Tainan Milkfish Farmer Paves the Way for Sustainable Aquaculture

Tainan Milkfish Farmer Paves the Way for Sustainable Aquaculture
Photo Credit: Corbis/達志影像

Translated and compiled by Yuan-ling Liang

As countries around the world look to aquafarming to offset pillaged wild fish stocks, one Taiwanese milkfish farmer has paved the way in eco-friendly fish production.

According to a report released this month by Canada-headquartered International Institute for Sustainable Development, certified seafood production has grown rapidly in the past decade. It now accounts for almost 15% of global fish production, up from 0.5% in 2005

Demand for sustainable seafood is being driven by Japan, North America and Europe. The certified aquaculture industry, while still considered to be in its early stages, is expected to dominate growth in certified seafood for the foreseeable future, the report says.

Milkfish aquafarming is typically a profitable export industry for Taiwan, although output can be unstable. The fish is prone to germs and viruses, and farms struggle to maintain their yield in extreme temperatures. Most farms use various chemicals in fish feed to limit disease and boost production.

However, Huang Guo-liang, a milkfish farmer in Taiwan’s southwest coast, insists on producing organic fish, without using chemicals.

BuzzOrange reports, amid soaring temperatures in the summer of 2013, more than 8000 milkfish died at Huang’s farm at Beimen, Tainan. The lost sales cost more than NT$2 million (approximately US$61175).

At the time, Huang’s father went so far as buying non-organic fish feed to help stem the problem. But Huang refused to use it.

Huang was previously the CEO of an LED company in China. After seven years in that role, he was diagnosed with cancer. While he beat the illness, he also realized the importance of health and environmental issues, about five years ago he returned to Taiwan to help run his family’s fish farming business.

Despite many early failures, Huang has succeeded in operating the farm with sustainable fishing methods. He grows purslane, a grass, to help maintain proper nutrient-levels around the farm. He feeds the fish with only natural materials. He also suspends farming for three months each year, to maintain the environment’s nutrient levels.

In 2006, the EU’s Food and Veterinary Office (FVO) set up a certification system with Taiwan to examine the quality of Taiwanese farmed seafood. In 2012, Huang’s operation was certified, meaning Huang’s fish meets the standard for seafood safety. By obtaining this export certification for farming, his fish could be exported to the EU.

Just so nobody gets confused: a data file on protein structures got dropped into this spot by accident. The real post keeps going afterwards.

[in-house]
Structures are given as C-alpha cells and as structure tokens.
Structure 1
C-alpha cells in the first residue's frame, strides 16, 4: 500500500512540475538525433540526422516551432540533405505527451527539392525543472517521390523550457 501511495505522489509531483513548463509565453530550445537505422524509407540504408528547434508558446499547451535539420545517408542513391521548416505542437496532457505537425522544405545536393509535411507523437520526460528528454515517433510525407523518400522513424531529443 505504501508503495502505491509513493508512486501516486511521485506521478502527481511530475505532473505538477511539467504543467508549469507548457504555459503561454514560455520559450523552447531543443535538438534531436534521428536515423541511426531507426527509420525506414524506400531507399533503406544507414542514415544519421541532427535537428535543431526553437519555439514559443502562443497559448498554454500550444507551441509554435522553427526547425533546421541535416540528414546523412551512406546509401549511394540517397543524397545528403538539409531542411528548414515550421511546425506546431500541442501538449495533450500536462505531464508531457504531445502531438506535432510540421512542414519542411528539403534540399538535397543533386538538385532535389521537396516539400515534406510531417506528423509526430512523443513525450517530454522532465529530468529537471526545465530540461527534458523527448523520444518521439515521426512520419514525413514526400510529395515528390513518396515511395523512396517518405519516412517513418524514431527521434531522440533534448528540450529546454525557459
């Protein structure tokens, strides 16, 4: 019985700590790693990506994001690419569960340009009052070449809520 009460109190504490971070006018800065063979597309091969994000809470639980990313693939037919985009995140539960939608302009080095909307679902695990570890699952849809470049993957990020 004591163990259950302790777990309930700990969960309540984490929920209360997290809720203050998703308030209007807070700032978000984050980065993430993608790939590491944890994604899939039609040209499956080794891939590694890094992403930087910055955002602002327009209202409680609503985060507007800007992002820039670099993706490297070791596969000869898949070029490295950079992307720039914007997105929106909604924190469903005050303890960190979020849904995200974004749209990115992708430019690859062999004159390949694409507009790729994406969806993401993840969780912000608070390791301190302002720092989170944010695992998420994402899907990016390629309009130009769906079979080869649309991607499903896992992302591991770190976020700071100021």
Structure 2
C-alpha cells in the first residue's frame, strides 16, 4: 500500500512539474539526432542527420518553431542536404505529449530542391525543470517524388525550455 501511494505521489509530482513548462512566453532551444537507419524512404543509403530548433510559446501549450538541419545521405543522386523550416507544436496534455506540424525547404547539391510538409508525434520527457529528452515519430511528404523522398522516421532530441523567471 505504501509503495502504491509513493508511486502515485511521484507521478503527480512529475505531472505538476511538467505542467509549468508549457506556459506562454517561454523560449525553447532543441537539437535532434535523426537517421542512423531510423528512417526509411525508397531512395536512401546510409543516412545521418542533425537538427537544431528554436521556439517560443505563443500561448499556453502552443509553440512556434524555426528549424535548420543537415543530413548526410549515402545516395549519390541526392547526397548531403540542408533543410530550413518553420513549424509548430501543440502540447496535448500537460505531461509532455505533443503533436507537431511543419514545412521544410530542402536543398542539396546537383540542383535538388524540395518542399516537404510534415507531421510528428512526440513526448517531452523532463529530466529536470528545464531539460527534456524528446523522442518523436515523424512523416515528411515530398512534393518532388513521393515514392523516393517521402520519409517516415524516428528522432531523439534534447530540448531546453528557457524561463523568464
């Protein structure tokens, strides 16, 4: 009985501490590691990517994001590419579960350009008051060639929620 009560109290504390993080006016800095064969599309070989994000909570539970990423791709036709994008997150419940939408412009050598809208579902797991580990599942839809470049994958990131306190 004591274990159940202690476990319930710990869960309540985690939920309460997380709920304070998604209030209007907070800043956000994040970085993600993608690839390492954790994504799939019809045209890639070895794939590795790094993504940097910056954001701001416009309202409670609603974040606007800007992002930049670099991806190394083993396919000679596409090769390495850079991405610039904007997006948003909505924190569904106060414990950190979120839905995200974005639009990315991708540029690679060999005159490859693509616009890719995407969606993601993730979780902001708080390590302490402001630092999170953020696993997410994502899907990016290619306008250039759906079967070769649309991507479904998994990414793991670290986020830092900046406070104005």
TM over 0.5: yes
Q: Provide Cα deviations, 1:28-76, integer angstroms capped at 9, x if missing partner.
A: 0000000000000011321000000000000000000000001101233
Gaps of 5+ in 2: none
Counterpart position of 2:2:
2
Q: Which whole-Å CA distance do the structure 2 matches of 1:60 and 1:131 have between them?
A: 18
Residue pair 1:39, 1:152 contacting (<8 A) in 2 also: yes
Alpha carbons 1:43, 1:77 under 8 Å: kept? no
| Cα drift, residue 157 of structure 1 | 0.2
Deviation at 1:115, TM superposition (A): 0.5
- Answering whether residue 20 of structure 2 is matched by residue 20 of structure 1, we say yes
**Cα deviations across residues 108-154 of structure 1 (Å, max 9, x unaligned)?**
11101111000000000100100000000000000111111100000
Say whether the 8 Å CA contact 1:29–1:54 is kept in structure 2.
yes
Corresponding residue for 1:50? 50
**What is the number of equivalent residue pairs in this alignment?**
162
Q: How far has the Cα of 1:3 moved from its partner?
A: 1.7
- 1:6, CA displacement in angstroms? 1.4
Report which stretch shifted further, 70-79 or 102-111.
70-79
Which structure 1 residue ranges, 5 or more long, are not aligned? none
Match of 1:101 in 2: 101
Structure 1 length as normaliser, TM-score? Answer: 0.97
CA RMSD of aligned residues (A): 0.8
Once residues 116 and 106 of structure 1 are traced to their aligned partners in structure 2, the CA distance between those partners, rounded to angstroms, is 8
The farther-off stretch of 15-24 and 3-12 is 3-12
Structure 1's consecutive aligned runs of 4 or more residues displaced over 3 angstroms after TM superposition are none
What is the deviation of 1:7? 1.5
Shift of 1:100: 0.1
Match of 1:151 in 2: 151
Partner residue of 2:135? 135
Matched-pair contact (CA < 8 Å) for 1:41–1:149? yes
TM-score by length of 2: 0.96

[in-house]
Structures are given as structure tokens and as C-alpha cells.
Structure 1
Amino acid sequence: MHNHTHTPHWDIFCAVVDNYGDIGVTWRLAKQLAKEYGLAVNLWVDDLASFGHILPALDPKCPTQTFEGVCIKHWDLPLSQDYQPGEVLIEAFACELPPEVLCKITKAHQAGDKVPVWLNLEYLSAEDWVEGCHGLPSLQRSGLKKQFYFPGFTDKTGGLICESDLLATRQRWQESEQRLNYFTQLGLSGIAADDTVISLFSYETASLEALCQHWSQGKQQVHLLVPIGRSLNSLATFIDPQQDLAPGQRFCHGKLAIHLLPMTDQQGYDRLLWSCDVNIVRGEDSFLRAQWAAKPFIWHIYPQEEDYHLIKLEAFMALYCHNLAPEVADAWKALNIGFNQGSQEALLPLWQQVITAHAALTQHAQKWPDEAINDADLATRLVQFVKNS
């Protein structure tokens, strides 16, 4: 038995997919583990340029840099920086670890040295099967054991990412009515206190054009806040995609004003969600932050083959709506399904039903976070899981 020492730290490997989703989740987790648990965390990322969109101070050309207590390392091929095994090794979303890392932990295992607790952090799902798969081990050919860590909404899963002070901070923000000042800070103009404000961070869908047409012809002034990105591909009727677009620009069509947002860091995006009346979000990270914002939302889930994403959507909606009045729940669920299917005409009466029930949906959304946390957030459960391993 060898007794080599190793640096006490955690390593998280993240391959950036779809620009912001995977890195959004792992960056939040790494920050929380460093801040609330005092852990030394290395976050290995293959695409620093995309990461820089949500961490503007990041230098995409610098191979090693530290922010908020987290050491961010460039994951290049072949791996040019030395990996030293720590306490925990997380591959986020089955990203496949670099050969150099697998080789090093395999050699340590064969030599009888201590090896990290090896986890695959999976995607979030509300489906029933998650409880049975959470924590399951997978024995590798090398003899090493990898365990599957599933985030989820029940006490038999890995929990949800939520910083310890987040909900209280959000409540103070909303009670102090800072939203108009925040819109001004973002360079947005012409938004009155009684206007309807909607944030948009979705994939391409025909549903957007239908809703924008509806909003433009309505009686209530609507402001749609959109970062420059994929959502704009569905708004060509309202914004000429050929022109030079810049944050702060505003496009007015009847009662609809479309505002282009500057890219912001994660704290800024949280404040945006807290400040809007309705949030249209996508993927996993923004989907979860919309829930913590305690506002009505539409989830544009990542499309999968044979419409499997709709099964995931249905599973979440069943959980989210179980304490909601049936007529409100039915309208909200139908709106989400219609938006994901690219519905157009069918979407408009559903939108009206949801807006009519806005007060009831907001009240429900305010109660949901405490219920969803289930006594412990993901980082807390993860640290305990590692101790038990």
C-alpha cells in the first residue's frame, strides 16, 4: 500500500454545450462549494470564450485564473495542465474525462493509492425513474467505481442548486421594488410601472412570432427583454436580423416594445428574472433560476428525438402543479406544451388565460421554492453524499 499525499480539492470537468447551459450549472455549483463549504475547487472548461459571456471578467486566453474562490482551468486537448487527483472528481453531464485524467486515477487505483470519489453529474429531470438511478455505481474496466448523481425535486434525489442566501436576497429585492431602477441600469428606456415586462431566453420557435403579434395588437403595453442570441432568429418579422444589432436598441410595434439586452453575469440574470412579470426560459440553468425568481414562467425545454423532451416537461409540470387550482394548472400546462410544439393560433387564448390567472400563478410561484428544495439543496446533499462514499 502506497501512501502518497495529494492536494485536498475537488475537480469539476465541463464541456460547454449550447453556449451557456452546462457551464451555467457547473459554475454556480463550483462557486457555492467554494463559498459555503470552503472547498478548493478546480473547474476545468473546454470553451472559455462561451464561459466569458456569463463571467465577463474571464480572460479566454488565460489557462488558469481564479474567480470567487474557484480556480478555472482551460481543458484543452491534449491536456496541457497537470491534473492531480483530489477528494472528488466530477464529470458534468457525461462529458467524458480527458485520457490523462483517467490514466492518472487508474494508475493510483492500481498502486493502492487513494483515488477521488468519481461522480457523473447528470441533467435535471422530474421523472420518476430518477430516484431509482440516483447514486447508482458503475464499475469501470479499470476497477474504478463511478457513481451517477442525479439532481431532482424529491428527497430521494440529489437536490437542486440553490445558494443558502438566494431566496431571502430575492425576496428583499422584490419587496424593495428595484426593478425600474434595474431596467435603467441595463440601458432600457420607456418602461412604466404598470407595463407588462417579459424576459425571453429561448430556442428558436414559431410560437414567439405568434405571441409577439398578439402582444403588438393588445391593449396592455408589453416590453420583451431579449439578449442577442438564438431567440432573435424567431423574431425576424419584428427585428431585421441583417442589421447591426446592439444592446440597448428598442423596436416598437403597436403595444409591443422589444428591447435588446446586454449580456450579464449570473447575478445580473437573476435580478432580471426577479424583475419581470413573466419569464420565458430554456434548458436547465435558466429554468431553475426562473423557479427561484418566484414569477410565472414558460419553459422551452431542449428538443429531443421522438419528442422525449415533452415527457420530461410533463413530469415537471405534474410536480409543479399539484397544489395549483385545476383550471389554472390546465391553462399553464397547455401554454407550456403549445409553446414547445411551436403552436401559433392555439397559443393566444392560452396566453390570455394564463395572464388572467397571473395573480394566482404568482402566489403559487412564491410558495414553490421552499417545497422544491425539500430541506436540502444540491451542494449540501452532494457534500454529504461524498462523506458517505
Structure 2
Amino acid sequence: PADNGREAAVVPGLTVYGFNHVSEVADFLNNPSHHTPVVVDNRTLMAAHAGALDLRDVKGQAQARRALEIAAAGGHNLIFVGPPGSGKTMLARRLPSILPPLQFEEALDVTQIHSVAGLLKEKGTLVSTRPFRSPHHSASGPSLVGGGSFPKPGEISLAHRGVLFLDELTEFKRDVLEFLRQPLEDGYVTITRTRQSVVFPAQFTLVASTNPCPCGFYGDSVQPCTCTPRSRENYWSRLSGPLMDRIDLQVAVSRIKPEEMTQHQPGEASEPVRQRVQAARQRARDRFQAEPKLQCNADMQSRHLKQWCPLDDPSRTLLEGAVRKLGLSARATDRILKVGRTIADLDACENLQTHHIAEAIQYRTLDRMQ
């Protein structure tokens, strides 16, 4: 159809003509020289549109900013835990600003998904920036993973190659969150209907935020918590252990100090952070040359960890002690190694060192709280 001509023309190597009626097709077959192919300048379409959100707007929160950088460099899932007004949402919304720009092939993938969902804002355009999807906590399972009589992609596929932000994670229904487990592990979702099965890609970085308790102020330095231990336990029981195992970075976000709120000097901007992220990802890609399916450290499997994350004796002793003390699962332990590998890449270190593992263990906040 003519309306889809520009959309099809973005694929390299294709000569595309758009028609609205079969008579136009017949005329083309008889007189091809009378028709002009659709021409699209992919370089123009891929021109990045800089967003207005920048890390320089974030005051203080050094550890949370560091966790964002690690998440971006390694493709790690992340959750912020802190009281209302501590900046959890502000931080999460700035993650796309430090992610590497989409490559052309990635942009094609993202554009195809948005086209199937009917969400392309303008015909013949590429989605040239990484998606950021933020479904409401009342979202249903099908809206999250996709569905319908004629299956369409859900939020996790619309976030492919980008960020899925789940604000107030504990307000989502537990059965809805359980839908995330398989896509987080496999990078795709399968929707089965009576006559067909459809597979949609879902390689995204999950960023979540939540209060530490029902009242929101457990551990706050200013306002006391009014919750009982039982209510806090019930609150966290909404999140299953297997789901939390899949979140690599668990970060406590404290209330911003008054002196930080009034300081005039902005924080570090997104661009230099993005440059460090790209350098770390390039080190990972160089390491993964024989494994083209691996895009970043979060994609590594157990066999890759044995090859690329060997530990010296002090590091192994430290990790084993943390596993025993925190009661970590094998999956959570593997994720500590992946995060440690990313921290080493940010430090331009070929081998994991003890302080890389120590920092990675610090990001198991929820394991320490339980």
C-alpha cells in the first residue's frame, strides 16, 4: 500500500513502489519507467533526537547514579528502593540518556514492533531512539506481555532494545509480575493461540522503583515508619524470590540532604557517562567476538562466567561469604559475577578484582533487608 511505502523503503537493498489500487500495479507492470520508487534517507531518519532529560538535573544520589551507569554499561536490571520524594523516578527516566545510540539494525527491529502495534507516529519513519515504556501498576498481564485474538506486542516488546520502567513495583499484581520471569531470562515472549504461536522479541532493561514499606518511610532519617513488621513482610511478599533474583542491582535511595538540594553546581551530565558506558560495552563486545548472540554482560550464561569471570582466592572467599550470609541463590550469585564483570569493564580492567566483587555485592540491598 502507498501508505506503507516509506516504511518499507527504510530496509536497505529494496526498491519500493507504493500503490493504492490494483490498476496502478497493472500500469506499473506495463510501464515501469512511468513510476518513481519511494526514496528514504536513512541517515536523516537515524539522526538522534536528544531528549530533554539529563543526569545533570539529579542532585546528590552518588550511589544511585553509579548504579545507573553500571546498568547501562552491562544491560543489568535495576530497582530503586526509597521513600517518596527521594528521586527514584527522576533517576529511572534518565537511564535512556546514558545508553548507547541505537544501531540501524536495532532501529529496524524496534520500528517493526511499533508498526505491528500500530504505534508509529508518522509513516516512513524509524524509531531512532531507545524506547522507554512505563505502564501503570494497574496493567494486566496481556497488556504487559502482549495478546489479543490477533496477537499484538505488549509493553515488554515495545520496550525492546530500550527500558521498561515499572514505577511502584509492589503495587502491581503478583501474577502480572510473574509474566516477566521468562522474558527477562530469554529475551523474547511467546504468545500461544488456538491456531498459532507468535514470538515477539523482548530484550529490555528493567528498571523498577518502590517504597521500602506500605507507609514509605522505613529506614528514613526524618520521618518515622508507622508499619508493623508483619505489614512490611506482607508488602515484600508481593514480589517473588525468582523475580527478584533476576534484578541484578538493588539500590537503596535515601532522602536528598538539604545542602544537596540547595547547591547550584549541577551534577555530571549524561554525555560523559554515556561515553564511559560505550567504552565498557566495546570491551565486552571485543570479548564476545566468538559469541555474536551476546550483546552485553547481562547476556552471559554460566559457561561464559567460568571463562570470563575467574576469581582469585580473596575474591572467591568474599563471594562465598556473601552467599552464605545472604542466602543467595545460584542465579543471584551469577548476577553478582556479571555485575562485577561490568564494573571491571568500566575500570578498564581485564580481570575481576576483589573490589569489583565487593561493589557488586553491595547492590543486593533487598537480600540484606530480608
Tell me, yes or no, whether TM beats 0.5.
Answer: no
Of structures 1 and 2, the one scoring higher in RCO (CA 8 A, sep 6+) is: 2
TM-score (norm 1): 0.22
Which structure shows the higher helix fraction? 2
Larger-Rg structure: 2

Huang says that while his fishing practices are simple and small-scale, he still believes the market can be expanded if Taiwanese farmers work together. “We should improve the quality instead of quantity of our fish farming industry.” [Quote translated]

Eco-friendly aquaculture: key to sustainable fishery

From 1950 to 2003, the world’s wild fish stocks fell 90% and catches in the tropics are expected to decline a further 40% by 2050. As wild fish stocks decline rapidly, farmed fish is believed to have the potential to help offset the loss.

According to the World Bank’s statistics, global aquaculture production has increased sharply in recent years. Currently, the world farms more fish than it catches.

However, fish farms encounter several challenges related to ecosystem destruction, feedstock sustainability, chemical inputs and waste management. According to research, farmed sites appear to have less biodiversity and more water pollution. Awareness of eco-friendly fish farming methods has therefore lifted globally.

[Correction: An earlier version of this article incorrectly said Huang’s farm had been certified by the Aquaculture Stewardship Council. The error, which occurred because of a mistranslation, has since been corrected and is regretted.]

Edited by Edward White

Sources:

BuzzOrange

M COA [Taiwan Government]

FA COA [Taiwan Government]

National Geographic: Big-Fish Stocks Fall 90 Percent Since 1950, Study Says

BBC Future: How the world’s oceans could be running out of fish

State of Sustainability Initiatives Review: Standards and the Blue Economy

CBC News: Environment Canada study finds land-based fish farms affecting ecosystem

Bloomberg: Eco-Friendly Fish Farming: Bloomberg Brink


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